We found that 90 of the 141 patients we surveyed (64%; 95% CI 55.9–71.7) currently use at least 1 form of CAM, and 45 (50%) of these 90 CAM users use more than 1 type of CAM. Of those children using products, 38% used more than 1 type; of those using services, 42% used more than 1 type (Table 1). The most common types of CAM used were vitamins and minerals. Respondents indicated that they used these vitamins: vitamin C (55%, 18/33), vitamin D (30%, 10/33), other (30%, 10/33), vitamin E (15%, 5/33), and vitamin A, Bs, and others not indicated (3%, 1/33); 10 respondents used more than 1 vitamin. Respondents indicated that they used these specific minerals: calcium (52%, 16/31), iron (35% 11/31), zinc and magnesium (10%, 3/31), and others (13%, 4/31); 4 respondents used more than 1 mineral. Other commonly used CAM included relaxation techniques, copper bracelets or rings, and herbal remedies. The types of CAM used less frequently (less than 10% of the time) were fish oil, other supplements, aromatherapy, reflexology, iridology, and naturopathy. No respondents reported using hypnosis or osteopathy.

We did not find significant differences between users and nonusers of CAM in age, sex, or diagnostic group. However, CAM users had a longer duration of illness (4.12 ± 3.60 years) than nonusers (2.82 ± 3.23 years); mean difference 1.3 years (P = 0.04).

Of the 137 patients who reported their number of illnesses, 41 had been diagnosed with more than 1 illness. These 41 children were more likely to be CAM users (32/41) than those with just 1 illness (57/96; P = 0.036).

Group A (clinic respondents) and Group B (mail respondents) differed significantly in their use of minerals (14/90 versus 17/51; P = 0.014) and in their use of chiropractic services (16/90 versus 3/51; P = 0.047).

Thirty-six (26%) of all 141 respondents reported using books, magazines, or other literature to find information on CAM; 45% (64/141) did not respond to this question. Forty-two (30%) of the 141 respondents used the Internet to find information about CAM; 26% (37/141) did not respond to this question.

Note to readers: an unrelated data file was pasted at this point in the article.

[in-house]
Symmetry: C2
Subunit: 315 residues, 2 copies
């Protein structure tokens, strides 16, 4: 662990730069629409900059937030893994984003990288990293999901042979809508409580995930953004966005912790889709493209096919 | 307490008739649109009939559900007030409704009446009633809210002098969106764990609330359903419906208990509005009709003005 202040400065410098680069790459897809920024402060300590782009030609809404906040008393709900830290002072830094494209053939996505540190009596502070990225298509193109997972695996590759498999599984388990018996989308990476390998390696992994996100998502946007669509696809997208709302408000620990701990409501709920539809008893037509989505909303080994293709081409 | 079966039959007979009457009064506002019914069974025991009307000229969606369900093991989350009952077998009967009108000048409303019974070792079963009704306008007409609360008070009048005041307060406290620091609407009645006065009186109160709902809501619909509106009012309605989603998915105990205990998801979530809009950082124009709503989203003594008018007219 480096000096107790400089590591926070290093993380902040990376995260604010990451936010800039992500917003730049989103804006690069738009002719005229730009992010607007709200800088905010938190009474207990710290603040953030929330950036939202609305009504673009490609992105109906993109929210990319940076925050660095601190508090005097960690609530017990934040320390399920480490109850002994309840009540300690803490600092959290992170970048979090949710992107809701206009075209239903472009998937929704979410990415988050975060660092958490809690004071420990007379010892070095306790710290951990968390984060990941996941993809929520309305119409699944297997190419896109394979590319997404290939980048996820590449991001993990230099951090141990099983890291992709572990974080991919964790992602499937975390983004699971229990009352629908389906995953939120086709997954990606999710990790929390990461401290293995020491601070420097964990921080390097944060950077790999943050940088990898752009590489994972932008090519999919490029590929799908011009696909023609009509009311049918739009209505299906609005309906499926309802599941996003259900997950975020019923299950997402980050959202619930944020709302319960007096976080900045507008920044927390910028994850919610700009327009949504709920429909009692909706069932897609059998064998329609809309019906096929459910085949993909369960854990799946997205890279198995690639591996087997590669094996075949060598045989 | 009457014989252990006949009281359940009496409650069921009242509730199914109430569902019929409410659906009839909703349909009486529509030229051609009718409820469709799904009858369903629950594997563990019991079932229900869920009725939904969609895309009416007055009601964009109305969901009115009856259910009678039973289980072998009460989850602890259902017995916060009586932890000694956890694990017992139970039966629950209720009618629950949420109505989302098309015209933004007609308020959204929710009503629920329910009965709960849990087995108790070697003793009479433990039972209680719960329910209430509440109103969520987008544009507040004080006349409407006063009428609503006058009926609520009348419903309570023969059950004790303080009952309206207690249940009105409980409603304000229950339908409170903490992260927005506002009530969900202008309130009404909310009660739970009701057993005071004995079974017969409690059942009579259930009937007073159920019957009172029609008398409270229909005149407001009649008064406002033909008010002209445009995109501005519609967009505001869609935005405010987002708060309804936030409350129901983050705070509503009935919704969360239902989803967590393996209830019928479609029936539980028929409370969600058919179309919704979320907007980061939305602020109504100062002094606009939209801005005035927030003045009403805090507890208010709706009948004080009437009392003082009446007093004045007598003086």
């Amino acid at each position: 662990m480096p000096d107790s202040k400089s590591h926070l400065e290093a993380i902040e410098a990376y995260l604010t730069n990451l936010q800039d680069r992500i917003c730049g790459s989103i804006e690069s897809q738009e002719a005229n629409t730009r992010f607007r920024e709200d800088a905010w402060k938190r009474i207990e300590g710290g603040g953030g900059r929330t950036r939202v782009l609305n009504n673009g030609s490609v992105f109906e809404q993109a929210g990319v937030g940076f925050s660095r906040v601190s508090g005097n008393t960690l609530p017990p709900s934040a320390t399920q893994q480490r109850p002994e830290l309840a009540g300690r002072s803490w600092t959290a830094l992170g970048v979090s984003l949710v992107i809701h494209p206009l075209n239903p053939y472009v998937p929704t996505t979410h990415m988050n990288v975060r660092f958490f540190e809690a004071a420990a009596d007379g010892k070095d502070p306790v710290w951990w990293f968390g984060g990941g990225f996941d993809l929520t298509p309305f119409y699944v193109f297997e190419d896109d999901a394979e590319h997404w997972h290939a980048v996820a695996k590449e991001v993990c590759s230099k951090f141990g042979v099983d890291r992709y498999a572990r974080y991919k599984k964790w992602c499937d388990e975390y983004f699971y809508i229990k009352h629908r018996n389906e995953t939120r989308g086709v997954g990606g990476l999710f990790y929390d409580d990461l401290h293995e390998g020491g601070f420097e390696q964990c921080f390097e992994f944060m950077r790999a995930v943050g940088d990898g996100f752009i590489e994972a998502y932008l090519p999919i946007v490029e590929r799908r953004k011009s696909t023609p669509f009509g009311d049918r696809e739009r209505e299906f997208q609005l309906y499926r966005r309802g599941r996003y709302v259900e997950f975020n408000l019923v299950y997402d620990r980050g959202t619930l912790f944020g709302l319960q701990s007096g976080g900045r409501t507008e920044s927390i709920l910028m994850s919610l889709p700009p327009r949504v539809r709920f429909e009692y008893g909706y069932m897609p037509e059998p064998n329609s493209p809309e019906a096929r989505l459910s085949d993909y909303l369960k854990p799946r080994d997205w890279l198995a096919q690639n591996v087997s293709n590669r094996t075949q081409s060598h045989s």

We found that almost two-thirds of our study population had used at least 1 form of CAM within the 12 months preceding the survey; half of these users partook of more than 1 type. Our findings are similar to those of Southwood and colleagues (11) who found that 70% of the patients with juvenile arthritis surveyed were users of CAM, although not necessarily within the previous 12 months. Moreover, both a 1994 (9) and 2000 (8) survey of adult and geriatric rheumatology patients found that 66% use CAM. In their 1990 study, Southwood and colleagues (11) found that the most popular form of CAM was some form of copper band or bracelet, whereas in our study, vitamins and minerals were the most popular form of CAM. It is possible that some practitioners may not include vitamins and minerals in their definition of CAM, hence our results could be interpreted differently. For example, if we excluded those respondents who used only vitamins and/or minerals, the total number of CAM users would decrease to 73/141 (51.8%). Similarly, it could be debated that calcium is not a CAM; if we excluded respondents who used only calcium, the total number of CAM users would decrease to 78/141 (55.3%).

Our study suggests that the type of CAM used may have changed over the past decade, but the proportion of CAM users has remained remarkably consistent. Differences in the wording of the surveys themselves and in the use of CAM in different countries may also account for some of the differences between our studies: the survey of Southwood and colleagues (11) involved patients from Australia, New Zealand, and Canada.